3. 3. VBNC(Viable but nonculturable) microbes Aeromonas hydrophila Agrobacterium tumefaciens, Burkholderia cepacia, Campylobacter jejuni, Enterobacter aerogenes, Enterobacter cloacae, Enterococcus faecalis, Escherichia coli (including EHEC), Helicobacter pylori, Klebsiella pneumoniae, Legionella pneumophila, Listeria monocytogenes, Mycobacterium tuberculosis, Pseudomonas aeruginosa, Salmonella typhi, Salmonella typhimurium, Shigella dysenteriae, Shigella flexneri, Shigella sonnei, Streptococcus faecalis, Vibrio alginolyticus, Vibrio cholerae, Vibrio harveyi, Vibrio parahaemolyticus, Vibrio vulnificus
  4. 4. HISTORY • The term “metagenomics” was first used by Jo Handelsman, Jon Clardy, Robert M. Goodman and first appeared in publications in 1998. • Anton van Leeuwenhoek was first metagenomicst who directly studied organisms from pond water and his own teeth. • Norman Pace proposed the idea of cloning DNA directly from environmental samples in 1985. • Recently, Kevin Chen and Lior Pachter defined metagenomics as "the application of modern genomics technique without the need for isolation and lab cultivation of individual species.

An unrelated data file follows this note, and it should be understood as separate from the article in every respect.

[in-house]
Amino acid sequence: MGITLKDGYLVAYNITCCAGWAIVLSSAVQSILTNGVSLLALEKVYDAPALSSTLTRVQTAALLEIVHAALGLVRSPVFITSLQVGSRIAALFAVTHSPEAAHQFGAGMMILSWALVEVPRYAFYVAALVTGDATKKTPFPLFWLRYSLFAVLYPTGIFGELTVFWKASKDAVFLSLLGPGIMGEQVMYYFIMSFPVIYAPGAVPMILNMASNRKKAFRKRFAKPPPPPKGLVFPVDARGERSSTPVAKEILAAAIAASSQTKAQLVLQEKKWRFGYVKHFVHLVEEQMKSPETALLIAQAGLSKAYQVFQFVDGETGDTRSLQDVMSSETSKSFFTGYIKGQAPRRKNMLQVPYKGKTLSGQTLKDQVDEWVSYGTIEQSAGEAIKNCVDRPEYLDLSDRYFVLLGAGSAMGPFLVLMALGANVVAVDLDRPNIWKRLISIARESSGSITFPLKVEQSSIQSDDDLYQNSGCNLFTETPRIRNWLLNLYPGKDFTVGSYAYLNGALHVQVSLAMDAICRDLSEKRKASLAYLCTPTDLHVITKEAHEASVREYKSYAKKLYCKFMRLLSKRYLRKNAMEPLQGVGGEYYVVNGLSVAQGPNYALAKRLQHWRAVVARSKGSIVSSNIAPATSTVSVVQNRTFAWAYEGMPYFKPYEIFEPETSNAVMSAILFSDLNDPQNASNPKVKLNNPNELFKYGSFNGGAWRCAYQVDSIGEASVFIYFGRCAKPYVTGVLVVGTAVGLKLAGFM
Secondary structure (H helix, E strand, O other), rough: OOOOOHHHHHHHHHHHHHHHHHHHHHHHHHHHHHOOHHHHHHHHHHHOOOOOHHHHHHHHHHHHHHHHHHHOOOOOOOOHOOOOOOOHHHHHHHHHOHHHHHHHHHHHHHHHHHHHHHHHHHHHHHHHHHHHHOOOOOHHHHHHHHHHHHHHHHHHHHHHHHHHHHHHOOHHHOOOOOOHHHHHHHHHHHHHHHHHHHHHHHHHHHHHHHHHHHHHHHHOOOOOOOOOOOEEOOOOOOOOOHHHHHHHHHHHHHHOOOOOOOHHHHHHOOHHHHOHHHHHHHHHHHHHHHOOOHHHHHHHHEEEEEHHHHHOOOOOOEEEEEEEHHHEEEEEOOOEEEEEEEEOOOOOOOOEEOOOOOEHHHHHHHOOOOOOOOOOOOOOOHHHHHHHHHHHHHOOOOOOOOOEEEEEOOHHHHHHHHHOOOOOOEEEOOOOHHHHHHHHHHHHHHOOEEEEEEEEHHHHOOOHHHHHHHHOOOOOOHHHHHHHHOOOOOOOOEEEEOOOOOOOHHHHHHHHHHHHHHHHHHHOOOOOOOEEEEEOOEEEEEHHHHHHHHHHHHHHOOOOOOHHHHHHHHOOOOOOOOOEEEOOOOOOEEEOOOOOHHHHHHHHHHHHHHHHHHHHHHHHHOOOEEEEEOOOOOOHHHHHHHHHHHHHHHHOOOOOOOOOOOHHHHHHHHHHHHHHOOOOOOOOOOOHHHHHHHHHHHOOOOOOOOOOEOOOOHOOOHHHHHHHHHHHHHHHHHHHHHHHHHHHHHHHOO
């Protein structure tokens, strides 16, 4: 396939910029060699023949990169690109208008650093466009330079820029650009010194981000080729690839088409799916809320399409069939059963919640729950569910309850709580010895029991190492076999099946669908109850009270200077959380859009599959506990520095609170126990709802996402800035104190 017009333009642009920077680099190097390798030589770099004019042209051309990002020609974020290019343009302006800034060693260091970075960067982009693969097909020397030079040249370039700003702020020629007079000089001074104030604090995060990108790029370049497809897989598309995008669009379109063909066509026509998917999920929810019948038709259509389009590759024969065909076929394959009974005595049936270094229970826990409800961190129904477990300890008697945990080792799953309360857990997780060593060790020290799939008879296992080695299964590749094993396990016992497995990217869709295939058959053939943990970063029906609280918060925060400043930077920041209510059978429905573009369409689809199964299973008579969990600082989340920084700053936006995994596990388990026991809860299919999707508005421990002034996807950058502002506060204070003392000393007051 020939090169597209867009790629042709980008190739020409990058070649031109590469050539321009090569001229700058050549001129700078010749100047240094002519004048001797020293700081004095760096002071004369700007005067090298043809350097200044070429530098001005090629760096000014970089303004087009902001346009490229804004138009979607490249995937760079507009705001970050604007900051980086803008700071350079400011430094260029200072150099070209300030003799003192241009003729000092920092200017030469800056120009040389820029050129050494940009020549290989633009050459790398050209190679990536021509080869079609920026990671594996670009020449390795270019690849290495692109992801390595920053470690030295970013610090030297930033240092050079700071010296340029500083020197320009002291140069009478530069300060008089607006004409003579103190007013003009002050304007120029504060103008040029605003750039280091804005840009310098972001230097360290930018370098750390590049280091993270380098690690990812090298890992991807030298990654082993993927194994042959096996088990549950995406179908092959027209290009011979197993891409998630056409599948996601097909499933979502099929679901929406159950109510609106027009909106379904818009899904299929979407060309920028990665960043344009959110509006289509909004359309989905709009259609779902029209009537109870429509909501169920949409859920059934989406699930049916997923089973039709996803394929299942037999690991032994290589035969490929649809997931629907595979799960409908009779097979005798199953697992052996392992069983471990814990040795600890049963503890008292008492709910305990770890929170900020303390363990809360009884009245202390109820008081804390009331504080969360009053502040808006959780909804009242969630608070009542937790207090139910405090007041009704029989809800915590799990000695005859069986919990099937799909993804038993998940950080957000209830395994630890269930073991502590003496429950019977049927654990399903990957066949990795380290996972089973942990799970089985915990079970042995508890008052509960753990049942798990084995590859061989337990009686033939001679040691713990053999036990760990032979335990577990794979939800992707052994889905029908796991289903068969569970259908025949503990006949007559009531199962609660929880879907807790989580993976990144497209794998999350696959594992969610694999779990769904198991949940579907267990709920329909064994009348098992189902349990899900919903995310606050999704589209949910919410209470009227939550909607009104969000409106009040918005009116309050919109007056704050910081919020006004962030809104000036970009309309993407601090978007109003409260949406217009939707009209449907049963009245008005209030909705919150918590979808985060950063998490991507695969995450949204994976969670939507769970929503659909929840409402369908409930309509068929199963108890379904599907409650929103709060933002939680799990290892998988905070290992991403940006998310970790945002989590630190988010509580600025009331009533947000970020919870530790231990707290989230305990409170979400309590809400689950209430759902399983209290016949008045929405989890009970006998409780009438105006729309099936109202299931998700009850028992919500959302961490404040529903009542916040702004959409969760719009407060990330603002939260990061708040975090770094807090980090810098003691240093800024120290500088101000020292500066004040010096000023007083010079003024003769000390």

5. 5.  DNA fragments are extracted directly from environment and cloned into the plasmid vector.  A library of environmental DNA fragments can be maintained and amplified.  Certain genes may be obtained by PCR amplification of DNA fragments derived from the environmental sample.  A stable source of nucleotide sequence is generated that reflects the diversity of microbes growing in nature.  Nucleotides are then sequenced and analyzed or expressed in a microbial host and screened for a specific function such as production of antimicrobial compound . STEPS TO METAGENOMICS
  6. 6. TWO APPROACHES FOR METAGENOMICS • In sequence-driven metagenomics, DNA from the environment of interest is sequenced and subjected to computational analysis. • The metagenomic sequences are used to compare taxonomic relationship between organisms in sample. • In‘function-driven metagenomics’, the gene products from the cloned plasmids in the bacterial cells can be used to compare the metabolic relationship between community or to search for new enzymes,vitamins,antibi- otics or chemicals of therapeutic or industrial use.
  7. 7. LIMITATIONS OF TWO APPROACHES • The sequence driven approach – limited existing knowledge: if a metagenomic gene does not look like a gene of known function deposited in the databases, then little can be learned about the gene or its product from sequence alone. • The function driven approach – most genes from organisms in wild communities cannot be expressed easily by a given surrogate host Therefore, the two approaches are complementary and should be pursued in parallel.
  8. 8. TWO APPROACHES FOR METAGENOMIC STUDY